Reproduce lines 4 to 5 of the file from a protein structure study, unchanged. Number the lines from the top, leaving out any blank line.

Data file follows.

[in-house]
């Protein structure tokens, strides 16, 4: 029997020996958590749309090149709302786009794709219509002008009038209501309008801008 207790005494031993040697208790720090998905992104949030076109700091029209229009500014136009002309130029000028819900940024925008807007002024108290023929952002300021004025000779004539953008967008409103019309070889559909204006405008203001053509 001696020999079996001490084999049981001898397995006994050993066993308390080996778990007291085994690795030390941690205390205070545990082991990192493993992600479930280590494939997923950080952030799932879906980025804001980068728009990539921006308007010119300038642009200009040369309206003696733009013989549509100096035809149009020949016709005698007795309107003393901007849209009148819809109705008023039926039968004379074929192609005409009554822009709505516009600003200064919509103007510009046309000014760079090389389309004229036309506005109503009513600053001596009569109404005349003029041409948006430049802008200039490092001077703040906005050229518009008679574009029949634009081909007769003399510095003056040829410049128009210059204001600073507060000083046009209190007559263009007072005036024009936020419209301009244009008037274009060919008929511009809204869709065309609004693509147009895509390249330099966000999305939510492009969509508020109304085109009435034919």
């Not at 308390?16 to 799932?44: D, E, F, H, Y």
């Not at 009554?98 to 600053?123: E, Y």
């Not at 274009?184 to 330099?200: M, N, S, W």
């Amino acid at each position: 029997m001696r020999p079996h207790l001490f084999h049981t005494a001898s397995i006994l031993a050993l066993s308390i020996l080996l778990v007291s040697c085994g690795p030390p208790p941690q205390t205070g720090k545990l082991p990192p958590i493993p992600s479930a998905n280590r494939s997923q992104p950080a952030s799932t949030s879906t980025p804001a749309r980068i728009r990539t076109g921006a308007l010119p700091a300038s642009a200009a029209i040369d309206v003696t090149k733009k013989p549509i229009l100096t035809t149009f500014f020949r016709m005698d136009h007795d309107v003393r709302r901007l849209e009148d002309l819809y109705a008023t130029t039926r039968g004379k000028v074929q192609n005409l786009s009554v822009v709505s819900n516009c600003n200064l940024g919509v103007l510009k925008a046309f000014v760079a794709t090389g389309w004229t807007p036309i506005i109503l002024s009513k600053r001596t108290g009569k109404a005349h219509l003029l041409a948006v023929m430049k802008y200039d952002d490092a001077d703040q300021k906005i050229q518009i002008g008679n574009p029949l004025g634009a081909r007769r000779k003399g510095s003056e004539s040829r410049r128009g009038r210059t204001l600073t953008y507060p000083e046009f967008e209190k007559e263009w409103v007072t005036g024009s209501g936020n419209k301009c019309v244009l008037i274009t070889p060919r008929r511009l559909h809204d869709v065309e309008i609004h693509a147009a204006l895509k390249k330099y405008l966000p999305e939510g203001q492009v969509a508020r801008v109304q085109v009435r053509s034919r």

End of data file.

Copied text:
């Not at 009554?98 to 600053?123: E, Y």
């Not at 274009?184 to 330099?200: M, N, S, W």